7.62x39 Midway and some general questions


#1

What age is this headstamp? Is it made before disintegration of the USSR and avalanche of cheap Eastern Bloc ammo? Approximately when did cheap foreign ammo flood American market? How is it still profitable for US companies to sell and compete against milsurplus? When and why did Clinton ban Chinese ammo imports? Why ammo only, Chinese guns are still arriving to US showrooms? All this happened before I got ammo curious, so I’d like a refresher. Thanks.
image


#2

As I recall, this cartridge pre-dates the flood of cheap Chinese and Russian imports. I remember back then the only ammunition available when the first AKs came in was Lapua and Midway. I had a slam-fire with the first round I chambered in my Hungarian SA-85M back in 1985 or so…

AKMS


#3

Isn’t this the Midway Arms headstamp?(USA) They were covered in a thread awhile back about the 9mm japanese revolver cartridge and this cartridge was mentioned, dated in the early 1980’s as I recall. Don’t know when the flood of surplus hit US but would it not have been after 1989 or so? John Moss can certainly give us production dates of the Midway ammo, as he did on the 9mm.


#4



#5

I’m sorry, but I can’t be of much help. The first listing for the 7.62 x 39 from Midway was in their catalog 1-83 (1983, but I don’t know what month - the “1” is NOT necessarily January, although it could be). From there, I can only tell you that the next catalog I have, from February 1994, does not show it. In fact, it shows only a few calibers of Midway pistol brass on sale - probably selling out what was left. If I had to guess, I would think that by about 1995, the Midway brass was pretty much discontinued, but I could be wrong. All I know is that it was short-lived.


#6

Weren’t supplies of Eastern Bloc ammuntion coming into the USA years before the Soviet Union fell, due to supplies that were captured from various places around the world?


#7

Falcon - not that I know of. I think after our shipment from Israel, there were some later. I think some came to the US out of Angola, or at least Southern Africa, but I don’t think there has ever been a big supply of soviet surplus 7.62 x 39 around. Most of it was “new” Chinese, which may well have been military surplus, but it was sold directly by NORINCO to the U.S. jobbers. That stopped when the Clinton government stopped most NORINCO products from coming in as a punishment to that Chinese Agency specifically, over some sort of technology they got from us and weren’t supposed to pass on, but did (probably weren’t even supposed to get it originally but people with “juice” like Feinstein’s husband were evidently violating that right and left. I seem to recall it was suppose to be a five-year suspension of their export to US privileges, but was never rescinded, which is typical. I could be wrong. The reasons were known at the time, but its been a lot of years now.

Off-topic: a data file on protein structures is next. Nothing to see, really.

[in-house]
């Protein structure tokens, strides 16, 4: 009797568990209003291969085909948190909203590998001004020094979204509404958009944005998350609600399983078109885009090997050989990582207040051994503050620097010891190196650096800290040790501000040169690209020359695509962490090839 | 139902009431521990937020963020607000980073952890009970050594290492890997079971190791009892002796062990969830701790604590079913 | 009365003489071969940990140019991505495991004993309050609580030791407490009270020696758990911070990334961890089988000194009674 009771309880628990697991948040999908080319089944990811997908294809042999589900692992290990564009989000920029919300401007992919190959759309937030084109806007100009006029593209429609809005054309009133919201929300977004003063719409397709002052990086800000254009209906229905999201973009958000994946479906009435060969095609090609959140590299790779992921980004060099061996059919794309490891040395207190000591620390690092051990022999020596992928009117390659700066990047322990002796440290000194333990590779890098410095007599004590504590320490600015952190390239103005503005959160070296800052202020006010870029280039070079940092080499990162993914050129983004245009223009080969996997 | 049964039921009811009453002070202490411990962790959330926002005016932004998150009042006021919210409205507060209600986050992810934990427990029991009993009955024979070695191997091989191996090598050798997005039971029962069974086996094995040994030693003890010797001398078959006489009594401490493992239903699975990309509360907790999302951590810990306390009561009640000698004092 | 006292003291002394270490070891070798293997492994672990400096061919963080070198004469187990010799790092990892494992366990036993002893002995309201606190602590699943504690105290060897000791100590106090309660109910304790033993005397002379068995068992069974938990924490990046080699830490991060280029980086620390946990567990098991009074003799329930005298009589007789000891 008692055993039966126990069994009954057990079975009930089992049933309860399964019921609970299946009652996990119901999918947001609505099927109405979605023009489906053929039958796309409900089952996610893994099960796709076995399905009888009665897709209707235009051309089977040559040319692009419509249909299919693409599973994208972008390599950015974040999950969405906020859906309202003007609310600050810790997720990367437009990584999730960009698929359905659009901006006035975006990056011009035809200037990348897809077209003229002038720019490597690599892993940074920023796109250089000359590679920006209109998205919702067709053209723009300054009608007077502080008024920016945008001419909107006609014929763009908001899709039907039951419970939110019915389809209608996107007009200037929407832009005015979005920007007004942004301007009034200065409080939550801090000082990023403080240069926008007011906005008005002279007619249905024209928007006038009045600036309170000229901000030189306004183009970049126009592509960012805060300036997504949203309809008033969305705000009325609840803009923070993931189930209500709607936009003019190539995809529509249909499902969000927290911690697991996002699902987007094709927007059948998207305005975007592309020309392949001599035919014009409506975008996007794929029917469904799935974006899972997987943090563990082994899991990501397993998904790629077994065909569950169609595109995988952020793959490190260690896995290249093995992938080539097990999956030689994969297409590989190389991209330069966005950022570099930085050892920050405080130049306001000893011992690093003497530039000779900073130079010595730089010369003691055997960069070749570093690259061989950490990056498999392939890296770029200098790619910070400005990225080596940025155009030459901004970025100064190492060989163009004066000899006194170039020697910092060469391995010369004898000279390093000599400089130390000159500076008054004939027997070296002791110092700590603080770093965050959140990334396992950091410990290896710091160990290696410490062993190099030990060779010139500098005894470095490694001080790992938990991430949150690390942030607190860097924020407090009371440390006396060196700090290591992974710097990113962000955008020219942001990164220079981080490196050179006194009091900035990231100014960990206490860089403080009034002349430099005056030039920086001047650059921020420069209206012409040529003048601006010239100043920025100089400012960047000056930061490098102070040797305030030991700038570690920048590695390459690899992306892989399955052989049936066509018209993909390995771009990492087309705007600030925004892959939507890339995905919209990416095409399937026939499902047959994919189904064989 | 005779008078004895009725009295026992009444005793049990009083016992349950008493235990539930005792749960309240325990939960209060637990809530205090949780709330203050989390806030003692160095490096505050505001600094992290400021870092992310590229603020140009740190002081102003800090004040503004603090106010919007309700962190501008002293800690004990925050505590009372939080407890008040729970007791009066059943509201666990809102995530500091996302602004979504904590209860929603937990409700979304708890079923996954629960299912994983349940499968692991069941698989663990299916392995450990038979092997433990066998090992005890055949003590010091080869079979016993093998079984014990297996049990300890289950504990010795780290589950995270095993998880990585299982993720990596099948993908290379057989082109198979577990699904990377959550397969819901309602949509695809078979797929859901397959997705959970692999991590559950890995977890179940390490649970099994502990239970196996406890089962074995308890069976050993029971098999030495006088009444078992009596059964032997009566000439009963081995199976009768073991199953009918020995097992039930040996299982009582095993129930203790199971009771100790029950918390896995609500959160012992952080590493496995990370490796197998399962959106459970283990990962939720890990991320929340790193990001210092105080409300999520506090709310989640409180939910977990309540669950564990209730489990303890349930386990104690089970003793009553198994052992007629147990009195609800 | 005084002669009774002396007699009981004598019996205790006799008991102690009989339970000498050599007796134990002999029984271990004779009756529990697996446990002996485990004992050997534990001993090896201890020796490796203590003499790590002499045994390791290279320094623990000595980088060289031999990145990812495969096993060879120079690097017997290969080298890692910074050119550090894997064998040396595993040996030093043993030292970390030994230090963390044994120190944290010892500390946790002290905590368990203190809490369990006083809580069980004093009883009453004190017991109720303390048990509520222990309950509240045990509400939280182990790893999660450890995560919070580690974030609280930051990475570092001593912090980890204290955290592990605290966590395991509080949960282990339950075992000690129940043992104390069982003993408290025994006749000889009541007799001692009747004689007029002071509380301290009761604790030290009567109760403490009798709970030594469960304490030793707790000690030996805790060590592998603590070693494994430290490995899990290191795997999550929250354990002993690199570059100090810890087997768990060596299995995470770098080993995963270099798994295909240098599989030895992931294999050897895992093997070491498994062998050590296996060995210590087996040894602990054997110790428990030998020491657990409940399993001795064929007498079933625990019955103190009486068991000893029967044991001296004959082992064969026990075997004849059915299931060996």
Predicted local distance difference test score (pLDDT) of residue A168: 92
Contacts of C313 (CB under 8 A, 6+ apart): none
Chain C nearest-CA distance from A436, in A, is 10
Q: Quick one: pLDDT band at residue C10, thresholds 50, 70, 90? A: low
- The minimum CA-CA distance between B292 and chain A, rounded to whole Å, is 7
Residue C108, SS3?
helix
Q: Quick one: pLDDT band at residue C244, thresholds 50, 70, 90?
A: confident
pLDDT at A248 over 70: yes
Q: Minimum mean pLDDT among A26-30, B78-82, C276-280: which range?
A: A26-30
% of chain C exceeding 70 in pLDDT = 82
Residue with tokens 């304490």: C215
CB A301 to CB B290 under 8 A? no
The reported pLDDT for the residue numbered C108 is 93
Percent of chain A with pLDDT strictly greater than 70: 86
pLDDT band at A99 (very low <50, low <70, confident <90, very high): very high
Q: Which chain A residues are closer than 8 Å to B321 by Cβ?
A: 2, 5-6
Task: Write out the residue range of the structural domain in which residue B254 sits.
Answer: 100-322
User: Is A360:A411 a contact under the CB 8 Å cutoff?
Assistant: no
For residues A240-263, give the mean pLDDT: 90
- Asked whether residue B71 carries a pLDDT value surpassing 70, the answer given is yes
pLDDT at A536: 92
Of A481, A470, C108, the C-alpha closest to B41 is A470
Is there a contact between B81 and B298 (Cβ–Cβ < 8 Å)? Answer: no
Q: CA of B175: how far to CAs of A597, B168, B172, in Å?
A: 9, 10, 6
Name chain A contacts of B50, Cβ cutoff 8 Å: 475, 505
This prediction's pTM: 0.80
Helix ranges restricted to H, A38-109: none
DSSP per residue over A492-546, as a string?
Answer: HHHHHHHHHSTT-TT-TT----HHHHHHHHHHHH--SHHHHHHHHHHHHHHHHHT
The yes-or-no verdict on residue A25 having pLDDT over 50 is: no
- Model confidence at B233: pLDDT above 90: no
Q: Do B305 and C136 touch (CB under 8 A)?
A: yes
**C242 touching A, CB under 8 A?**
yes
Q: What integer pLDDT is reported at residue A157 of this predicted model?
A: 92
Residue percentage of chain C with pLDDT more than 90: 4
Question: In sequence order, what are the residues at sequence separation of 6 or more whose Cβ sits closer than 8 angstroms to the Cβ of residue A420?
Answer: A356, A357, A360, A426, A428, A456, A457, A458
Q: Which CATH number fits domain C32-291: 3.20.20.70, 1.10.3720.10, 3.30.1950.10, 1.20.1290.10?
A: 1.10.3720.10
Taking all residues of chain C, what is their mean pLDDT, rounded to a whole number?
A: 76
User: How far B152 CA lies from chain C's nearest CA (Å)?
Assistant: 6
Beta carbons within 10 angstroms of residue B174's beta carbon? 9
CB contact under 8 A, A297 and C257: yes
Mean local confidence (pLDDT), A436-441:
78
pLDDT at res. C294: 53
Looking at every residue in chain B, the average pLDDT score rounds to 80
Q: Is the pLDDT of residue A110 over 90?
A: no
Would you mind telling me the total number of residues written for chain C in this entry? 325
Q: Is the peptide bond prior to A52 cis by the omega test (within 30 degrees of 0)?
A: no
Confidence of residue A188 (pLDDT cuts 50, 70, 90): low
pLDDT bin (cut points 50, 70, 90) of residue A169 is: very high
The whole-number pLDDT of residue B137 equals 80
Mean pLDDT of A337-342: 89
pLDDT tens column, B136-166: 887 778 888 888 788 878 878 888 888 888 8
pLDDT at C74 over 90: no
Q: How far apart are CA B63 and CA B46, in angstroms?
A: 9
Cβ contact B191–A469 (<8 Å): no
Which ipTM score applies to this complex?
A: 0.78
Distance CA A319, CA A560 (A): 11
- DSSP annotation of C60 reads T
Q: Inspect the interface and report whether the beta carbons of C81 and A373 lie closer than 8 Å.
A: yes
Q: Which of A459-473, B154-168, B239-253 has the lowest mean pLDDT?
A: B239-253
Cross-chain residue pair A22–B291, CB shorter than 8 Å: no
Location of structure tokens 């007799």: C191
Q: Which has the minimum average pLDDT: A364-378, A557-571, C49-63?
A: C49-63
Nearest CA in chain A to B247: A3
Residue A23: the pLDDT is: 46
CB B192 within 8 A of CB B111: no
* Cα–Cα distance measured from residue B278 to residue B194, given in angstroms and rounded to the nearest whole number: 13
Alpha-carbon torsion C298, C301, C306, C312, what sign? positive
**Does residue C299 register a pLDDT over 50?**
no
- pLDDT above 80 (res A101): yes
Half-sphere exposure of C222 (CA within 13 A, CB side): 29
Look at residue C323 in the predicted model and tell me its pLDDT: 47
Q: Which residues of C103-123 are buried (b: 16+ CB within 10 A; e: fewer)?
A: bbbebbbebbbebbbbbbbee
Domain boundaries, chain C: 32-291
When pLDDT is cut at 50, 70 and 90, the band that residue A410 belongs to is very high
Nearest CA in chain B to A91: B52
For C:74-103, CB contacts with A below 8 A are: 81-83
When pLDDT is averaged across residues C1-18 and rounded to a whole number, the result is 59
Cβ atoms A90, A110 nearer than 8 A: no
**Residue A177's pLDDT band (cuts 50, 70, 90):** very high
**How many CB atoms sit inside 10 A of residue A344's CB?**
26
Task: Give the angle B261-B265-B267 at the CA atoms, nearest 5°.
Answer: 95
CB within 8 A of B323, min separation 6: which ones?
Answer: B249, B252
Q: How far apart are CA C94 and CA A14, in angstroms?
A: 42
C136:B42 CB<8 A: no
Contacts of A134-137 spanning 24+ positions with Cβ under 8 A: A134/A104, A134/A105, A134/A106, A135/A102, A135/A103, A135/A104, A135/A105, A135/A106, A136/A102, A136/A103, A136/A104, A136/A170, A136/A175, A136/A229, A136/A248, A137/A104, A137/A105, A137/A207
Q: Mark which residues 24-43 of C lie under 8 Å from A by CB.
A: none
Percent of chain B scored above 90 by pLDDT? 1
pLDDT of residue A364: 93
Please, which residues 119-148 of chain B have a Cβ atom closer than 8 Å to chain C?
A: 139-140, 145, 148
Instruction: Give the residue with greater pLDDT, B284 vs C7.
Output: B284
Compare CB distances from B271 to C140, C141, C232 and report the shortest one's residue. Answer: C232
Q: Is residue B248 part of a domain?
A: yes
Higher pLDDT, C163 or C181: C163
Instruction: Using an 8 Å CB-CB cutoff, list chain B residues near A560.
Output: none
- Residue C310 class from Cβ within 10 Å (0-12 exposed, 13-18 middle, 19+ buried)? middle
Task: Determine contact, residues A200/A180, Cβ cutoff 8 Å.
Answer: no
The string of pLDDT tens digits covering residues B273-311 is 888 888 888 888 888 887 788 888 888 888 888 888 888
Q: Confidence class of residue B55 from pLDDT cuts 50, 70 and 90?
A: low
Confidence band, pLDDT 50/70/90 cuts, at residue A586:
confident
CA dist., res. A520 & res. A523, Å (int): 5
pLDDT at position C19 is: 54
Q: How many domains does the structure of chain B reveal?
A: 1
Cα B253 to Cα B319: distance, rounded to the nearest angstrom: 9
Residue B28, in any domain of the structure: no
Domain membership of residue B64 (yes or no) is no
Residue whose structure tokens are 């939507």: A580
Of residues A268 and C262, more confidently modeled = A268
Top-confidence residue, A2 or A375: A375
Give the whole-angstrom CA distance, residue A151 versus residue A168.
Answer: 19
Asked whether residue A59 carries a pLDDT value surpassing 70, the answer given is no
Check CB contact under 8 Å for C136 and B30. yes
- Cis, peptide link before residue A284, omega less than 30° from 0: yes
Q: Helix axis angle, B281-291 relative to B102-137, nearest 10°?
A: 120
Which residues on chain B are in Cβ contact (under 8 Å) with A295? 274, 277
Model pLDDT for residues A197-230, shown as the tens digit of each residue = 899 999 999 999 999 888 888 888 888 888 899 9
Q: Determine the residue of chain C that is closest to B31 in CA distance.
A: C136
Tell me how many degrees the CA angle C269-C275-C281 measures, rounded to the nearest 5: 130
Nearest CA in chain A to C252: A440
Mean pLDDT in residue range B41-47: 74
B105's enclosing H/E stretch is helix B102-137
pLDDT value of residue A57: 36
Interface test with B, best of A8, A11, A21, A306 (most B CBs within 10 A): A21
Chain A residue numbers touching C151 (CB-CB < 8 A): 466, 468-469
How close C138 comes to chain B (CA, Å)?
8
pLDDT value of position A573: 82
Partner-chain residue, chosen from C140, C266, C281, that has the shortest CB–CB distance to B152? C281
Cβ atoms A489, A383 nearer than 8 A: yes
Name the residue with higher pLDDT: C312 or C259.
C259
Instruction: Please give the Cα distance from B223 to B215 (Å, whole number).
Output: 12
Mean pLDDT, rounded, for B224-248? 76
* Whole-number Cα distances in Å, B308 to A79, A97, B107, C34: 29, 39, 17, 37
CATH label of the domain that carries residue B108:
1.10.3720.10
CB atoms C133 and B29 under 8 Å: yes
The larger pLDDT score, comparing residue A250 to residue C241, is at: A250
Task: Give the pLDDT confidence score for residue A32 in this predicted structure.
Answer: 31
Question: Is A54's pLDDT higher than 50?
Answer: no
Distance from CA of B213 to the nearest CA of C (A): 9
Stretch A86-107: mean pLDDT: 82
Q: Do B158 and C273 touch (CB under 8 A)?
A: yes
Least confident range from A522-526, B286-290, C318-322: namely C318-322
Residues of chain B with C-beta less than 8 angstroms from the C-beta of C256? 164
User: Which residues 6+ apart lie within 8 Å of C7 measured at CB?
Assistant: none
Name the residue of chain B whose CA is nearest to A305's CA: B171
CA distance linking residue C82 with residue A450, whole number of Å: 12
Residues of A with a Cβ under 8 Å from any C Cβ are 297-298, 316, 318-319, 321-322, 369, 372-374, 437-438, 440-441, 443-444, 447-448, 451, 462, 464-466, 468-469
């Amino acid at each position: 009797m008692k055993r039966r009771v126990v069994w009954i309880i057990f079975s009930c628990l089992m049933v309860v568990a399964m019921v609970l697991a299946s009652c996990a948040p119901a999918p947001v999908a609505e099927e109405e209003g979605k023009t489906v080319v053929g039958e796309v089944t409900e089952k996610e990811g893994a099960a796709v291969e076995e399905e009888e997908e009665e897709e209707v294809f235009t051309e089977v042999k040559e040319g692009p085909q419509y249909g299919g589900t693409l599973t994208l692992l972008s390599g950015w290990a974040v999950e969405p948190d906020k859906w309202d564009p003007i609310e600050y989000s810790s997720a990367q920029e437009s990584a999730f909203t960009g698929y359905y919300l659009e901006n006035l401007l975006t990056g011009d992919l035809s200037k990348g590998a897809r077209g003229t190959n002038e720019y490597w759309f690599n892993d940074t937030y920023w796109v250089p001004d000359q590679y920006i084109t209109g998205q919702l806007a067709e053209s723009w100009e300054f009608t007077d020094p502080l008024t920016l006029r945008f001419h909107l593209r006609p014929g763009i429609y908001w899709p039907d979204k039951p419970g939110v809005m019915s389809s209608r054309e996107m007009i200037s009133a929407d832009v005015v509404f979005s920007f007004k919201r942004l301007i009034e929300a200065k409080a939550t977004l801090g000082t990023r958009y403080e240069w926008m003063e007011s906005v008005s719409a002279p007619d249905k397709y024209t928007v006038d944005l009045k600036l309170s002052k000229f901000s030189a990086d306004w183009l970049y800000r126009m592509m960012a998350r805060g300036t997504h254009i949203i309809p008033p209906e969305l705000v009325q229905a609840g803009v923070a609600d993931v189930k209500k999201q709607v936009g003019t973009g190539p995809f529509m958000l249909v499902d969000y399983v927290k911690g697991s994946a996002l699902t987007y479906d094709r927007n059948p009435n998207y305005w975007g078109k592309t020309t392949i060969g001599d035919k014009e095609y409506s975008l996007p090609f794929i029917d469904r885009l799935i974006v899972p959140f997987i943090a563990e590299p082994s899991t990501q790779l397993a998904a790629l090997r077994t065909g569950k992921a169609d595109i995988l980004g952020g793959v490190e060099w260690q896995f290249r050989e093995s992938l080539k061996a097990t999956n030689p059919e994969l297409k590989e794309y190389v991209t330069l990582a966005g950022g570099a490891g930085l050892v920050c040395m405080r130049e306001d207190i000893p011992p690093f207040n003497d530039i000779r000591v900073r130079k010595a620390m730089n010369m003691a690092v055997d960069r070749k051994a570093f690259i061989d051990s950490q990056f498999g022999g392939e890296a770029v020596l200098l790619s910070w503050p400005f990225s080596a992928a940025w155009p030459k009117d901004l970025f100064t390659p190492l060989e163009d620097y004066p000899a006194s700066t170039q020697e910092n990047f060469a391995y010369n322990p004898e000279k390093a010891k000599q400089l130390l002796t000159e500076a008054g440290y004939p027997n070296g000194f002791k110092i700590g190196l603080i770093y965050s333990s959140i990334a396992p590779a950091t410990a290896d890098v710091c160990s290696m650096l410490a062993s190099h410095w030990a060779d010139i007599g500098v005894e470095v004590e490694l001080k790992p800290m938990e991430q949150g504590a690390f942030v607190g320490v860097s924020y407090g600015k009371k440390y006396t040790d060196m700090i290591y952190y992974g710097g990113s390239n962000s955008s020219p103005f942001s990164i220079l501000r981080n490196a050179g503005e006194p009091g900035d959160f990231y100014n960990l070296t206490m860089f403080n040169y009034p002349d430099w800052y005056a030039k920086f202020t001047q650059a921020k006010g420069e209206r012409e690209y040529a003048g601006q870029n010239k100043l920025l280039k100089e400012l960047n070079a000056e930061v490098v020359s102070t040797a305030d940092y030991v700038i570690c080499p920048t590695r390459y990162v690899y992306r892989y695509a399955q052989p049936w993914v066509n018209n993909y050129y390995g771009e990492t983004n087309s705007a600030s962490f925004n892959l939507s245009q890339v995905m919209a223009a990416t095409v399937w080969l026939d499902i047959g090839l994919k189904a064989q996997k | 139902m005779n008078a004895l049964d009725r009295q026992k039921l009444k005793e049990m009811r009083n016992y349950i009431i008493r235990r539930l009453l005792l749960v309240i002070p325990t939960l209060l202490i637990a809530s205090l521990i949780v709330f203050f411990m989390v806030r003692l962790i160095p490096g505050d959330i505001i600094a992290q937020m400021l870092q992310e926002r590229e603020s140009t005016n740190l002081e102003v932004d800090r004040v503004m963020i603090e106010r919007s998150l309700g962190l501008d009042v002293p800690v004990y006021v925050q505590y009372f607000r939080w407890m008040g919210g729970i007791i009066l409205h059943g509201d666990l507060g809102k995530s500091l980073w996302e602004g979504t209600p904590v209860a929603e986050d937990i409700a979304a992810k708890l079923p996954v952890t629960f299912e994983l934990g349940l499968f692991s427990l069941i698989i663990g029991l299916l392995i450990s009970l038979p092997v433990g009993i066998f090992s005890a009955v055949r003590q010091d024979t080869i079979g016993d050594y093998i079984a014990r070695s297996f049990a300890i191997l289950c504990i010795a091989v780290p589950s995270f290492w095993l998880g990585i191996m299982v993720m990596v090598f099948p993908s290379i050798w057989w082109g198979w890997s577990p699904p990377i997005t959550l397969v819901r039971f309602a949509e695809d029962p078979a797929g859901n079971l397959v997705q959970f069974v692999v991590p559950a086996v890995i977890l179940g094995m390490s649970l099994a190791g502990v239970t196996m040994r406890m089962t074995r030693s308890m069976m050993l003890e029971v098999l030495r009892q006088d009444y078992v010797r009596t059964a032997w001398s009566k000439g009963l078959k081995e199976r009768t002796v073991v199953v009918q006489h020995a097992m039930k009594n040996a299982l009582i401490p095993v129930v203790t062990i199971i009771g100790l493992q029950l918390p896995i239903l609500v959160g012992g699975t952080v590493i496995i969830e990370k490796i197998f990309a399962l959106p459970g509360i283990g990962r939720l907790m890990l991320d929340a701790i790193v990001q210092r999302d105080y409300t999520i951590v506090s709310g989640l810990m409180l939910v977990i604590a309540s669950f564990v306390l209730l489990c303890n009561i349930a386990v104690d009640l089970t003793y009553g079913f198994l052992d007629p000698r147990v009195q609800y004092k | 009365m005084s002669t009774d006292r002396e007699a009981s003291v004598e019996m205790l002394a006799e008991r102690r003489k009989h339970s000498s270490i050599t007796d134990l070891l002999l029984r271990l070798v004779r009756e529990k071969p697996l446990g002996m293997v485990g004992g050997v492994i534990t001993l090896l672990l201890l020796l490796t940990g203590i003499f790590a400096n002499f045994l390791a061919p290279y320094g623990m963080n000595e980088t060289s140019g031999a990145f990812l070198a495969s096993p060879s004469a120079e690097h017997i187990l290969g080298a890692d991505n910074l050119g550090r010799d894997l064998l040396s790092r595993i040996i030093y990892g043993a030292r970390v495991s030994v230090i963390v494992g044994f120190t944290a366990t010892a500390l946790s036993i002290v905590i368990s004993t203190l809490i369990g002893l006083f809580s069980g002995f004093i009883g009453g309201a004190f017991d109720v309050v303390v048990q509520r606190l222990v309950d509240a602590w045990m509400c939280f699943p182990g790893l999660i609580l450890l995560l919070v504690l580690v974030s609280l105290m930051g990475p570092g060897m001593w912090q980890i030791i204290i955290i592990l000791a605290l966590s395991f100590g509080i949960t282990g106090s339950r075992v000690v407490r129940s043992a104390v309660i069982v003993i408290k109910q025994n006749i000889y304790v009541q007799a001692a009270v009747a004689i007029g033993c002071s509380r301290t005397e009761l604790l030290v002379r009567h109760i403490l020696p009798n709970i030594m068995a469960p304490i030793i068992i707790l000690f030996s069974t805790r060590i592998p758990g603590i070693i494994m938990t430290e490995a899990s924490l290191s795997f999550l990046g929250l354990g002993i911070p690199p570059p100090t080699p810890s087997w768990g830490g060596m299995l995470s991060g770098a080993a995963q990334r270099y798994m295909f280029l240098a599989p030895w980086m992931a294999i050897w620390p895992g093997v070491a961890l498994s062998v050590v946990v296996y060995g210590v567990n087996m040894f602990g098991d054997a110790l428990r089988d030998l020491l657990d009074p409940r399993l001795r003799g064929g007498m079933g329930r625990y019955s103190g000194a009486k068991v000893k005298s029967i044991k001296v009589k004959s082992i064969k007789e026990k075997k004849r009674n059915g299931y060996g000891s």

I think a little ammo cam in once from CBC in Brazil, and of course PPU started fairly early sending ammo in, via Hansen Cartridge Conmpany. I just can’t think of ever seeing many shipments of soviet ammunition, even coming from other countries that had captured it. Most of the stuff captured in bulk in VN was either destroyed, I believe, or given to Cambodia before that country fell to the Khmer Rouge.

Of course, in collectors quantities, with all the fighting all around the world, literally never stopping since WWII, plenty of single box lots, individual rounds, or “handfuls” of mixed rounds have shown up here and in Europe, as well as the middle east and Southern Africa.

Just my take on it, and I could be wrong. I had weapons in that caliber, though, and finding cheap ammo was always a problem as I recall, aside from our lot at our store, or the Hansen stuff, which was almost as cheap and better anyway. The Norinco was one exception, until they got shut out. Millions of rounds came from China.


#8

I was wrong about that then, I thought alot of ammo showed up earlier from various places.

I suppose theres not much hope of the Norinco ban ever getting lifted even if the Republicans win in 2012. You can buy their replica Winchester 1897 trench guns in the UK, I’m sure they would sell really well in the USA if you could get them.


#9

We can buy the Norinco 1897 shotguns here too. I believe that .22s and Shotguns were exempt. It was, of course, a thinly-veiled excuse to keep inexpensive, good quality ammunition out of the hands of American shooters, as well as inexpensive handguns such as the T-59 Makarov, and Tokarev series of pistols. Not to mention SKS carbines and “assault rifles.”